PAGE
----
annotate the input information to generate annotated input information by adding a first set of annotations and a second set of annotations to the input information;
wherein:
the first set of annotations is comprised of relationships between a plurality of entities present in the input information; and
the second set of annotations is comprised of annotations that can be used to generate a set of explicit business rules for the purposes of a specific organization, wherein:
the input information comprises an XSD file and an XML file;
annotating the input information comprises generating an annotated XSD file and an annotated XML file; and
wherein generating the ontology comprises:
converting the annotated XSD file to an OWL schema file; and
converting the annotated XML file to an OWL instance file based upon the OWL schema file;
and
generate, based upon the annotated input information, an ontology encoded in a second format, wherein the second format is different from the first format.
Description
BACKGROUND OF THE INVENTION

Embodiments of the present invention relate to ontologies, and more specifically to techniques for automatically generating ontologies for enterprise applications.

Many enterprise applications today rely on the usage of Extensible Markup Language (XML) based data format to exchange and share information such as via the Internet. XML-based data formats that have been used for many enterprise applications may include XML Schema Definition (XSD), Web Services Description Language (WSDL), Web Services for Remote Portlets (WSRP), and others. The use of these XML-based data formats, however, limits many enterprise applications to syntactic integration. This is due to a lack of semantic and relationship representation of enterprise data in XML-based documents since only the syntax and structure of data are defined in the XML-based documents. Accordingly, a different data format is needed to achieve semantic integration for enterprise data.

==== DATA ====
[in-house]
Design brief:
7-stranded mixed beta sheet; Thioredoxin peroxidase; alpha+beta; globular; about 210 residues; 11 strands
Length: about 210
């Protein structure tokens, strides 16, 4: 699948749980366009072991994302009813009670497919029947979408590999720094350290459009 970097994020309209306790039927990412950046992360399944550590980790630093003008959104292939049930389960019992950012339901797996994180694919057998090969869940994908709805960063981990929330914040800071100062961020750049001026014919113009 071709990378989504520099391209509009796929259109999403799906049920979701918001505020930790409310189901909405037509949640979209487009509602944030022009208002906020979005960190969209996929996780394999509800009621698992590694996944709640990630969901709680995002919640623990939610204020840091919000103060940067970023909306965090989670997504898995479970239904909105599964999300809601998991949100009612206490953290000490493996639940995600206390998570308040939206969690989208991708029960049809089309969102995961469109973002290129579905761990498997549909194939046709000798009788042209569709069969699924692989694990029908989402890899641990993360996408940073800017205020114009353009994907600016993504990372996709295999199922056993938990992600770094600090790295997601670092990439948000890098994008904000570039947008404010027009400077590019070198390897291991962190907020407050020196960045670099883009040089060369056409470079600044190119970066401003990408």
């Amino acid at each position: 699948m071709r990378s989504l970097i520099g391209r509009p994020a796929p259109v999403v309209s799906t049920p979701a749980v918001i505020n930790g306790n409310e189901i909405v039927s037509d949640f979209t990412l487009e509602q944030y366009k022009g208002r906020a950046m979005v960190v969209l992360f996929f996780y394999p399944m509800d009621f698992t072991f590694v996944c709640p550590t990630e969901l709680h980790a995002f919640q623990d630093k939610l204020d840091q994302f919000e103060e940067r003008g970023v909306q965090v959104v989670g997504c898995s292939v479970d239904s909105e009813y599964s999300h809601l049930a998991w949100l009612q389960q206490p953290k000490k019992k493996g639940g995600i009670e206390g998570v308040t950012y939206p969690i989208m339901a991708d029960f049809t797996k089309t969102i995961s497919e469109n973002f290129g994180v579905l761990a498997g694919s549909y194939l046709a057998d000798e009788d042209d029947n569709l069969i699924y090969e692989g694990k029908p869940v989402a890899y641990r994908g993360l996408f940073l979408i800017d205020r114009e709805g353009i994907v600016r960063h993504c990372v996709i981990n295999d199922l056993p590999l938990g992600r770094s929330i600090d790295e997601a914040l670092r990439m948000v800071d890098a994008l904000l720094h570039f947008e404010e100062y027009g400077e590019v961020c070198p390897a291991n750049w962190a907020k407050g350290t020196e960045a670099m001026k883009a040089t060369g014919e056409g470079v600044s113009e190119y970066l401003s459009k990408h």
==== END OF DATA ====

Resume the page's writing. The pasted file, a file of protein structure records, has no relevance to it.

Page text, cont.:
With the advent of semantic technologies, the importance of ontologies has grown manifold. An ontology is a formal representation of knowledge. An ontology is generally a formal representation of a set of concepts within a domain and relationships between the concepts. Ontologies are being used in several different areas including business analytics, enterprise systems, artificial intelligence and the like, and have the potential to be used in several other fields and applications.

An ontology is typically encoded using an ontology language. Several ontology languages are available. The Web Ontology Language (OWL) has become the industry standard for representing web ontologies. OWL can be used to explicitly represent the meaning of terms in vocabularies and the relationships between the terms. OWL thus provides facilities for expressing meaning and semantics that go far beyond the capabilities of XML-based data formats such as XSD, XML, WSRP, or WSDL. OWL is being developed by the Web Ontology Working Group as part of the World Wide Web Consortium (W3C) Semantic Web Activity. OWL is based on Resource Description Framework (RDF). Further information related to OWL and RDF may be found at the W3C website.